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depressing holiday fines story...

(17 Posts)
satinpillowcase Sun 05-Jul-15 21:36:17

www.theguardian.com/education/2015/jul/05/couple-faces-court-children-term-time-absence-school-sick-grandfather

Notcontent Sun 05-Jul-15 22:04:07

It is depressing and makes me angry.

The fact is that there are some feckless parents who don't care about their childrens education, and this is whom this policy is directed at. But all it is doing really is putting parents in impossible situations. It is also grossly unfair because lots of schools are still taking a much more reasonable and sensible approach.

Sunflower123456 Mon 06-Jul-15 10:35:14

Our daughter was unwell with severe eczema flares, and we took her out three days before the Christmas break. The head at the Nottingham Girls High school immediately reported us to the social services. The case against us was dropped by the SS on the same day, after contacting us on the phone. The problem is that a few heads tend to abuse their powers.

Heels99 Mon 06-Jul-15 10:39:13

How loNg were the children off?
Why didn't they just pay th fine then they wouldn't be in court?

AuntieStella Mon 06-Jul-15 10:41:30

agree with previous posters about headteachers.

The buck stops with their HT, who knows them and to whom they could explain in person. HT still declined to authorise, even though in law they can.

It doesn't say how long they took the DC out for, but there is an unpaid fine of £480, and you can be imprisoned for non-payment (thanks to Mr Blair's govt for introducing it for this).

ReallyTired Mon 06-Jul-15 10:50:02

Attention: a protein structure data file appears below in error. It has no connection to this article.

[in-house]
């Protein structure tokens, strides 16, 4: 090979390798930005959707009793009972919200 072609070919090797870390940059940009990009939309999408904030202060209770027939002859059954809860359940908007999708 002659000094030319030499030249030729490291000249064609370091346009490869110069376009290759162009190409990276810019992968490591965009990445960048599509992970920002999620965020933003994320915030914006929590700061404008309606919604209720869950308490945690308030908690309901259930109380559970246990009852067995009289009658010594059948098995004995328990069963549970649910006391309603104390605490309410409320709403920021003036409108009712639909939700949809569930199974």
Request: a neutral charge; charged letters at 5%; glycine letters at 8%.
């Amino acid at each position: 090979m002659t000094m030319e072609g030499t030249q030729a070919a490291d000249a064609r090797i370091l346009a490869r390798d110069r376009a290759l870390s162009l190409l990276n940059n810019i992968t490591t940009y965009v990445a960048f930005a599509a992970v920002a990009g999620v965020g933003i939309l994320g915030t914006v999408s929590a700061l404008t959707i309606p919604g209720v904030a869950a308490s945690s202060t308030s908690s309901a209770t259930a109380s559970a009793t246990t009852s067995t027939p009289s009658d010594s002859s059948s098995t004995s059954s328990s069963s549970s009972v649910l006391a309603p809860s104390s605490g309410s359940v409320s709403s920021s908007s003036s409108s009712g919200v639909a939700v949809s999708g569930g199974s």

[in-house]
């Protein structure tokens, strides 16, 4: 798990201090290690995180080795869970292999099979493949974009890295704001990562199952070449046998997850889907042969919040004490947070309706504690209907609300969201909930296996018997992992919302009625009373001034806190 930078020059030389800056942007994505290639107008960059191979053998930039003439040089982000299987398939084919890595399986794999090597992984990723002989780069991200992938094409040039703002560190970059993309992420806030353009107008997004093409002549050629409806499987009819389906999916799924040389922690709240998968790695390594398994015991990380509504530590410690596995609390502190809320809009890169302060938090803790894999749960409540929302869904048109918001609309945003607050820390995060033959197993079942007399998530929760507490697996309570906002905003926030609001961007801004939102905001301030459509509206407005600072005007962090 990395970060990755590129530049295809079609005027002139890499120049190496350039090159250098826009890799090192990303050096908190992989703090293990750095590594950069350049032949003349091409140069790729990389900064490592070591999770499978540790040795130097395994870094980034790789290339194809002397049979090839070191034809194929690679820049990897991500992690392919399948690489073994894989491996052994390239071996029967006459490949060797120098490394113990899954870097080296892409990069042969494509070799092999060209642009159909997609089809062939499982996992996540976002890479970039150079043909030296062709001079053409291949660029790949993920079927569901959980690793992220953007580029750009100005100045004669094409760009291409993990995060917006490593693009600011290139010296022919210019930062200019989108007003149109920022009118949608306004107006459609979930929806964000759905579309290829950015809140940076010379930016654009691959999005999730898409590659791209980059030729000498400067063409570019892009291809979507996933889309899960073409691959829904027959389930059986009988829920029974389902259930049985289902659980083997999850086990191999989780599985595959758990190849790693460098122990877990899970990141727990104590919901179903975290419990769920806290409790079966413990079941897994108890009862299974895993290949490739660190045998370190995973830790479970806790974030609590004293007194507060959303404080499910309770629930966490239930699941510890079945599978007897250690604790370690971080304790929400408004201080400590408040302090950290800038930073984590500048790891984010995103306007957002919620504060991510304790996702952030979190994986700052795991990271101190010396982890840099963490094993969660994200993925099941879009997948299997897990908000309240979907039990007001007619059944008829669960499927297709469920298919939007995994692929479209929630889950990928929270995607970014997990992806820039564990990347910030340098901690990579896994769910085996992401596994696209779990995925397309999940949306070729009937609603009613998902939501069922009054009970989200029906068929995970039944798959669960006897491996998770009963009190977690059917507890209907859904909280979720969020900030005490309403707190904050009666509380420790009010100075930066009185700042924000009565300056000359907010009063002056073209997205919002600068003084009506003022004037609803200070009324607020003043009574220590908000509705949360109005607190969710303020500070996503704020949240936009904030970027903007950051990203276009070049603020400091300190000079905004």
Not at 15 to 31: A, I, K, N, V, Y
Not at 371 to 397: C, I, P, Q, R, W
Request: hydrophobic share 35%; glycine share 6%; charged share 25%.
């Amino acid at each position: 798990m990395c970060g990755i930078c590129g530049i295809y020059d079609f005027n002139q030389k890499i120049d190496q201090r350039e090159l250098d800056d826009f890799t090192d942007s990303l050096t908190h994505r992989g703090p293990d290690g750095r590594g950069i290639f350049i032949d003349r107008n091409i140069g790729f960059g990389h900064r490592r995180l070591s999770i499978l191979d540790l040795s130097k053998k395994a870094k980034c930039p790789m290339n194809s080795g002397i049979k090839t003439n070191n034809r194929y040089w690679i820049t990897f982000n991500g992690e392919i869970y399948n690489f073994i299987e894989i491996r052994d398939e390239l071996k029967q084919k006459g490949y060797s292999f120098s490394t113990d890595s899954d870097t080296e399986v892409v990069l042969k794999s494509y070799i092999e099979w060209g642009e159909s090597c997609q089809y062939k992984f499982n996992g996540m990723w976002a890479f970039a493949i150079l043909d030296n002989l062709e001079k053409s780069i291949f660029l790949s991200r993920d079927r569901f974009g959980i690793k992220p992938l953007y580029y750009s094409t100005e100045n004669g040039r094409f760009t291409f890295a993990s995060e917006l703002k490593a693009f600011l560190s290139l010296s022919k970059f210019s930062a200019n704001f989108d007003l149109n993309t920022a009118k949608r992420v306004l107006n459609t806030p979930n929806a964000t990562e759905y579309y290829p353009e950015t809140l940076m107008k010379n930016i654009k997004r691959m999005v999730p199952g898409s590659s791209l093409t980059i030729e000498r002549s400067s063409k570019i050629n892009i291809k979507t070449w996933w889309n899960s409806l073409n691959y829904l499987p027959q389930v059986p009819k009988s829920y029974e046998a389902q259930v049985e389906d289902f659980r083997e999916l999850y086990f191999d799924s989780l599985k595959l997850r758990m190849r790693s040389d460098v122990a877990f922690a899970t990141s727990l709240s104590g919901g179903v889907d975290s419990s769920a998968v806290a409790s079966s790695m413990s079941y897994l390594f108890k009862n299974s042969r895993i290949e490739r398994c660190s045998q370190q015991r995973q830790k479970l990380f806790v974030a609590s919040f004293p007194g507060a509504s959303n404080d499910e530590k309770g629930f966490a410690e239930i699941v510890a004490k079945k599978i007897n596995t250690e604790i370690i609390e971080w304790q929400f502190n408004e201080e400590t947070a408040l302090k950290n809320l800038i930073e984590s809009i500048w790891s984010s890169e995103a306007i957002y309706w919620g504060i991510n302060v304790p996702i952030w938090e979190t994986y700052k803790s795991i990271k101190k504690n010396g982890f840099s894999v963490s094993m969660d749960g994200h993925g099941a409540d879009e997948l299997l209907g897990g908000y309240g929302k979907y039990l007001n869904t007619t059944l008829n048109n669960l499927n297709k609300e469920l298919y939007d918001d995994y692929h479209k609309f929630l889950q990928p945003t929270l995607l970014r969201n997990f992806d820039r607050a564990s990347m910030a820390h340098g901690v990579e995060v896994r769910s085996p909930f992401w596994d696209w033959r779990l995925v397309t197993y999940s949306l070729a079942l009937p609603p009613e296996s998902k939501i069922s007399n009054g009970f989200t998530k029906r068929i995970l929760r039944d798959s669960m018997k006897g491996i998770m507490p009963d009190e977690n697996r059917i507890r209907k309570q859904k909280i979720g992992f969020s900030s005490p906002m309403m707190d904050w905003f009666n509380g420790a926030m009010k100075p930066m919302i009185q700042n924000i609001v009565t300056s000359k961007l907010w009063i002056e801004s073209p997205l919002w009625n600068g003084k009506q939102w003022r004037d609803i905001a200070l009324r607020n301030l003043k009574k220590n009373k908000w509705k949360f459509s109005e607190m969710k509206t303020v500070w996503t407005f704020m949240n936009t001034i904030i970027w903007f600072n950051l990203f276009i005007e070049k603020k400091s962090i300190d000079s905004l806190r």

Sunflower,
Ask for your post to be deleted as you are likely to out yourself and your daughter by mentioning her school.

I feel that should be a better appeals procedure when absence is not authorised. I feel so sorry for the Indian family who have to go through this at a time of grief. Clearly the head teacher and lea are devoid of basic compassion.

I feel that the authorities should clamp down on parents who take their children shopping during school hours.

chickenfuckingpox Mon 06-Jul-15 12:35:34

there should be an outside school body who is responsible for deciding if an absence is justified or not that way the school can keep their relationship with the parents rather than a situation where people are blaming the headteachers and saying they have too much power it breeds mistrust in the system and leads to an us against them scenario where the children's education could be disrupted if the parents get hugely offended and remove them from the school

VikingVolva Mon 06-Jul-15 12:45:22

Oh dear. I don't like the idea of an outside body one little bit. The school, who knows the family, is much more likely to make the right call.

Yes, it requires HTs with integrity, but that's a quality I hope they would have anyhow.

Heels99 Mon 06-Jul-15 14:31:23

We have no idea how long this Family took off, it could have been weeks. I wonder why if they went in December they couldn't have gone in Xmas holidays?

cuntycowfacemonkey Mon 06-Jul-15 14:38:59

Hmmm I think what is unfair is that because it is at the head teachers discretion still then there is an inconsistency as to who is fined and who isn't. I know at our school term time holidays are not authorised but no one has been fined. Seems unfair that whether or not you will get fined is pot luck depending on where you go to school.

Sunflower123456 Mon 06-Jul-15 16:29:39